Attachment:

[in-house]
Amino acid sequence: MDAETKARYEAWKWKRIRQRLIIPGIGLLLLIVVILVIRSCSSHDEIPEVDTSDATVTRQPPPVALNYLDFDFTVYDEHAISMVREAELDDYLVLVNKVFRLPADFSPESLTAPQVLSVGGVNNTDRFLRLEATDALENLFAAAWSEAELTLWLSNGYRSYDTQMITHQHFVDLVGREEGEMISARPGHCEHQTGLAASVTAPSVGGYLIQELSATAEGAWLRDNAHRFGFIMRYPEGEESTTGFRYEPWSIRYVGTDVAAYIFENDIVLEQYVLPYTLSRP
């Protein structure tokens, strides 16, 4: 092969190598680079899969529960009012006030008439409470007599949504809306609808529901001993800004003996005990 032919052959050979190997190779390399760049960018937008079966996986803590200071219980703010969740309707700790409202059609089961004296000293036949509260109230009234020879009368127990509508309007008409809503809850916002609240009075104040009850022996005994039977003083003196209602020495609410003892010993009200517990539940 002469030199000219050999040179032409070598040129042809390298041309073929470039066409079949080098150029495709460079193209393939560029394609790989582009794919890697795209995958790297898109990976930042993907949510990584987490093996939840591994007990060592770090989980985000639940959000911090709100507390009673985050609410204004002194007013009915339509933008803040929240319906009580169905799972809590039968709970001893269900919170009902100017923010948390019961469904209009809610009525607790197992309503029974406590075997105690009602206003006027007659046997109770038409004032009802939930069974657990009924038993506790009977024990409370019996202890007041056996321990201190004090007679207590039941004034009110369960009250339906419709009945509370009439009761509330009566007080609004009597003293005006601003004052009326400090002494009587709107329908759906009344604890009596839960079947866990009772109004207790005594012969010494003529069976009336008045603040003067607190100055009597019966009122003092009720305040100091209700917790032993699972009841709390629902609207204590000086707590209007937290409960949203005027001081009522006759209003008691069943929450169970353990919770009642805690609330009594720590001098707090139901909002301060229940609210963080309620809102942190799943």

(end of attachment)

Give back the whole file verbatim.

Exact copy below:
[in-house]
Amino acid sequence: MDAETKARYEAWKWKRIRQRLIIPGIGLLLLIVVILVIRSCSSHDEIPEVDTSDATVTRQPPPVALNYLDFDFTVYDEHAISMVREAELDDYLVLVNKVFRLPADFSPESLTAPQVLSVGGVNNTDRFLRLEATDALENLFAAAWSEAELTLWLSNGYRSYDTQMITHQHFVDLVGREEGEMISARPGHCEHQTGLAASVTAPSVGGYLIQELSATAEGAWLRDNAHRFGFIMRYPEGEESTTGFRYEPWSIRYVGTDVAAYIFENDIVLEQYVLPYTLSRP
């Protein structure tokens, strides 16, 4: 092969190598680079899969529960009012006030008439409470007599949504809306609808529901001993800004003996005990 032919052959050979190997190779390399760049960018937008079966996986803590200071219980703010969740309707700790409202059609089961004296000293036949509260109230009234020879009368127990509508309007008409809503809850916002609240009075104040009850022996005994039977003083003196209602020495609410003892010993009200517990539940 002469030199000219050999040179032409070598040129042809390298041309073929470039066409079949080098150029495709460079193209393939560029394609790989582009794919890697795209995958790297898109990976930042993907949510990584987490093996939840591994007990060592770090989980985000639940959000911090709100507390009673985050609410204004002194007013009915339509933008803040929240319906009580169905799972809590039968709970001893269900919170009902100017923010948390019961469904209009809610009525607790197992309503029974406590075997105690009602206003006027007659046997109770038409004032009802939930069974657990009924038993506790009977024990409370019996202890007041056996321990201190004090007679207590039941004034009110369960009250339906419709009945509370009439009761509330009566007080609004009597003293005006601003004052009326400090002494009587709107329908759906009344604890009596839960079947866990009772109004207790005594012969010494003529069976009336008045603040003067607190100055009597019966009122003092009720305040100091209700917790032993699972009841709390629902609207204590000086707590209007937290409960949203005027001081009522006759209003008691069943929450169970353990919770009642805690609330009594720590001098707090139901909002301060229940609210963080309620809102942190799943």